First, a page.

Ethan Lam / The Daily Gamecock

Students get politically involved through presidential campaign stops

Several democratic candidates visited Columbia to speak on their policies after kicking off their 2020 presidential campaigns.

In the past week, Beto O'Rourke, Cory Booker, Seth Moulton and Pete Buttigieg have spoken to Columbia residents and USC students. Other recent visits include Kamala Harris and Bernie Sanders

Several students have responded positively to the opportunity to get more politically involved and learn about candidates’ platforms. Though she hasn't been able to attend a candidate's rally in Columbia, second-year psychology student Logan Gallagher said she appreciates that candidates pay attention to colleges and universities.

“I think it's good that candidates can come and express their opinions and make the college students be more aware of what's going on, because I know being at school it's harder to get the daily news that you'd usually get at home," Gallagher said.

Some students also said they appreciate the opportunity to learn about the candidates in a more candid way. Elizabeth Grosso, a first-year media arts student, said she likes that candidates seem more "real" when speaking in person. 

"I feel like you see them more honestly than the way they present themselves online," Grosso said. "It can be more of a façade and that’s the real thing there, and you can ask whatever questions that you want to and be heard."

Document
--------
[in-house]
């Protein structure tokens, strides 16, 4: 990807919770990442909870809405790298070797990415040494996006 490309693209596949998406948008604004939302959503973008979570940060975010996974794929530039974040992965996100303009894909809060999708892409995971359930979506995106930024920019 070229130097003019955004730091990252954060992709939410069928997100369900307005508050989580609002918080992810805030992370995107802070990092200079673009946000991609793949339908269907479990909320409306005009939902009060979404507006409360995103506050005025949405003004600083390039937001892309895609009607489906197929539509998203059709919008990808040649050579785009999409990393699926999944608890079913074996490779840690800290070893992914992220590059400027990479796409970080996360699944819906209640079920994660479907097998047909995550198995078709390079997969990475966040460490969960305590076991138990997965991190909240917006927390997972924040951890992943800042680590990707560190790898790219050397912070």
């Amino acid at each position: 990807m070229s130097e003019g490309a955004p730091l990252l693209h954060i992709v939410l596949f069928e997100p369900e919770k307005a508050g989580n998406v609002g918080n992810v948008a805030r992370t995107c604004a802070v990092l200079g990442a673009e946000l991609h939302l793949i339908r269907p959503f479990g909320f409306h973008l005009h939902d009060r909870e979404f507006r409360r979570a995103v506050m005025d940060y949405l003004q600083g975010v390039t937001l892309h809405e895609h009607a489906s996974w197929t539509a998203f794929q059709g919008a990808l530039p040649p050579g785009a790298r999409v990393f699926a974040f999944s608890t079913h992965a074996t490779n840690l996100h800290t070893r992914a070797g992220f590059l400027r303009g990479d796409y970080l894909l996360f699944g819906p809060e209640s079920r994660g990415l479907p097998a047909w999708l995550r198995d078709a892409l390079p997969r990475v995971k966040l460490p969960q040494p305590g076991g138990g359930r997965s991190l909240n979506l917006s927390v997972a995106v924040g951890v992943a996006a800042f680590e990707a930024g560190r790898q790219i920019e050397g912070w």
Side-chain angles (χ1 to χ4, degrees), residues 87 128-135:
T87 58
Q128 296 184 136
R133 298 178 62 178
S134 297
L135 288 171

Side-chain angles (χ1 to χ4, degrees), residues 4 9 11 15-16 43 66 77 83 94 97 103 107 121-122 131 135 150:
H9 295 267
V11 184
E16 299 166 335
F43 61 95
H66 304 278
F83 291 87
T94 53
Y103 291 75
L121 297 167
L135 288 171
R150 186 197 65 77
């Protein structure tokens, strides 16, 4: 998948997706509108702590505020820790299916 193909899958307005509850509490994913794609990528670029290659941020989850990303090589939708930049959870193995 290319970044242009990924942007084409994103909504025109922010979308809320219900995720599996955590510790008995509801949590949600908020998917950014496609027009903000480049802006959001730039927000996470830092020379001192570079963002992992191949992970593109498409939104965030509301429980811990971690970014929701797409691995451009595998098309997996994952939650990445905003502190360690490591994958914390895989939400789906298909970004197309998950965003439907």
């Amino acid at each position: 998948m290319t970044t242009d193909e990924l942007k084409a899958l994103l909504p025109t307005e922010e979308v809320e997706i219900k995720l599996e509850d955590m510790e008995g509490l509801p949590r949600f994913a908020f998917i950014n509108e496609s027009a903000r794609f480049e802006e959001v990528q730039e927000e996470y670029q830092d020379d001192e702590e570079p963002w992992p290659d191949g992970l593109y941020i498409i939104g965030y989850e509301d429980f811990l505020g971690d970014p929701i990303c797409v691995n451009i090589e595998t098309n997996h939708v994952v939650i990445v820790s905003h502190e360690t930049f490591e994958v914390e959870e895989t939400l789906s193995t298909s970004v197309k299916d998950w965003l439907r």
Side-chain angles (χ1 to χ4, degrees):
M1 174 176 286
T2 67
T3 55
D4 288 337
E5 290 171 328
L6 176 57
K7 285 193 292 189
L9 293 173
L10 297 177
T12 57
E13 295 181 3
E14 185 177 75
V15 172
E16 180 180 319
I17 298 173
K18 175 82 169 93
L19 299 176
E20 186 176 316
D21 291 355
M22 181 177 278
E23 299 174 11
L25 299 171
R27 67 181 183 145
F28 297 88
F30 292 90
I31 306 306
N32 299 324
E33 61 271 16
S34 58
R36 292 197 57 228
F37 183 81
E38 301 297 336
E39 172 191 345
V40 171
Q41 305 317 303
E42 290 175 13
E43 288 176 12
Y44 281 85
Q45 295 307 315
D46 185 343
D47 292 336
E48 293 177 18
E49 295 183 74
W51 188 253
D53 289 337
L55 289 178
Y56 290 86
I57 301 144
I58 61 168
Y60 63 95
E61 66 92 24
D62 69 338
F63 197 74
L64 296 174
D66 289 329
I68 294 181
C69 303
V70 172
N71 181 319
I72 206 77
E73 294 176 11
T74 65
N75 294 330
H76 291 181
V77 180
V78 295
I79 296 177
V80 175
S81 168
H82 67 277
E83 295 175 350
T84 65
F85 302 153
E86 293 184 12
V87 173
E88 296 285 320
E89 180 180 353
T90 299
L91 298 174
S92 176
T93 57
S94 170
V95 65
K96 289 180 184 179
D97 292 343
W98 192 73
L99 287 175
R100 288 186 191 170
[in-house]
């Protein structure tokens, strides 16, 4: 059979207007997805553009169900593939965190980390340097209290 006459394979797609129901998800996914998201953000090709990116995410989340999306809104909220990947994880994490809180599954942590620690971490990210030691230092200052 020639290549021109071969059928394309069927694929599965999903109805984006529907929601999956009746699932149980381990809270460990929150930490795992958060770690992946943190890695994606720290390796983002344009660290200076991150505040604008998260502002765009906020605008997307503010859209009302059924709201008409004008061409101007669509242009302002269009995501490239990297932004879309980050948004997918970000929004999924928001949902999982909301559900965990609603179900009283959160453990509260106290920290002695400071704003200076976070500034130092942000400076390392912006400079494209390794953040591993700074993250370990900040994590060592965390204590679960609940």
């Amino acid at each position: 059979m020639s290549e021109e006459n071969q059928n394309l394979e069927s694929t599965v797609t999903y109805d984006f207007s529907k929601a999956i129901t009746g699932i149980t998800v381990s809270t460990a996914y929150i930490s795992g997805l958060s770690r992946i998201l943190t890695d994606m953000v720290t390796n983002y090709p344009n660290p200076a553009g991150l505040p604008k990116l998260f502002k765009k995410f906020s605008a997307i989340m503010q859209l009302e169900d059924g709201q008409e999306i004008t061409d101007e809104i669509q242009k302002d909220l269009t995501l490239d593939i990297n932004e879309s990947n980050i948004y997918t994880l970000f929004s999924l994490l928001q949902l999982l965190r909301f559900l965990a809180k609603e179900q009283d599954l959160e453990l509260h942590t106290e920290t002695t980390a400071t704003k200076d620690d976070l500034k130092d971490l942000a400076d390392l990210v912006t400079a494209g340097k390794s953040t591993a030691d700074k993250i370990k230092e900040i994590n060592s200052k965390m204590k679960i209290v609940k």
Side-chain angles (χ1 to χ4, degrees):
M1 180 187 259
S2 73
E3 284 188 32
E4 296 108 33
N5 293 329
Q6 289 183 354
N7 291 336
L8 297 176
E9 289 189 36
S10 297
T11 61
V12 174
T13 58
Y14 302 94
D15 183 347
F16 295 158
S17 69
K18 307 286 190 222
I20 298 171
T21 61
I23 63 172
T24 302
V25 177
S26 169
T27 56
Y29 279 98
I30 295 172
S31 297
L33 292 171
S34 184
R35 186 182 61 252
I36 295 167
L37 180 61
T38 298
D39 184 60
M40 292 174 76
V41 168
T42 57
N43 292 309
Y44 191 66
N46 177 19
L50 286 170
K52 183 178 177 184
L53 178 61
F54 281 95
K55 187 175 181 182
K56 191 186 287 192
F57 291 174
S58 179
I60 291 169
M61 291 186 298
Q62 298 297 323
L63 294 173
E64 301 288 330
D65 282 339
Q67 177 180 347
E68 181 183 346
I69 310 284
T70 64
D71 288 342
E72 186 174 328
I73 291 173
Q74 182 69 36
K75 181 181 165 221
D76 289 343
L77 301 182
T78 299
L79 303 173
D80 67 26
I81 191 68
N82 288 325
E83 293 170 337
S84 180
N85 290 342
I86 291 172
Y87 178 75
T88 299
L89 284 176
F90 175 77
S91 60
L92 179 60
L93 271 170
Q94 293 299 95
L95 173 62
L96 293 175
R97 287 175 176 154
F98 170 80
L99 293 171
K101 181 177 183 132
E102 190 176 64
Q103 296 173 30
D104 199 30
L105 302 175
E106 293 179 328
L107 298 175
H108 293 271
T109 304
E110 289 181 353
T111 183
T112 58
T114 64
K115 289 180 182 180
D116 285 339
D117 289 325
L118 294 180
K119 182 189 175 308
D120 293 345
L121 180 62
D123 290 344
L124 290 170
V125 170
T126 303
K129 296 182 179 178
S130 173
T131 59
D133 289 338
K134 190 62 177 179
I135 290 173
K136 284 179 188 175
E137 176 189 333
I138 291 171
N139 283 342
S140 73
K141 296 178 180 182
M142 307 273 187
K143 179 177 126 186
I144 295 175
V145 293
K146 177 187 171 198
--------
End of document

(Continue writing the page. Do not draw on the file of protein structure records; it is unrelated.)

Jacob Gamble, a first-year journalism student, said he is very politically active and has been to many of these campaign events because he appreciates being able to see candidates through more personal interaction instead of through television. 

“You get to see who these people really are," Gamble said. "You read articles about them, you watch videos of them on the news, but when you go to these events, you actually see who they are in person and that's much different sometimes than what the news portrays of them. It makes them more human."

Gamble said he believes it is smart for candidates, particularly Democrats, to campaign on college campuses and target younger voters, he said.

"It's a great idea to do that if you're a candidate because the youth vote is extremely important ... to the primary because college campuses are primarily liberal, and students are the future of the vote,” Gamble said. 

Other students said they believe it’s important that others use these opportunities to get involved. Third-year political science student Josh Clardy said he thinks students should take advantage of these events being so accessible.

“Being politically involved is important for people our age, because we're already the least involved age group voting-wise," Clardy said. "We should start getting more involved."


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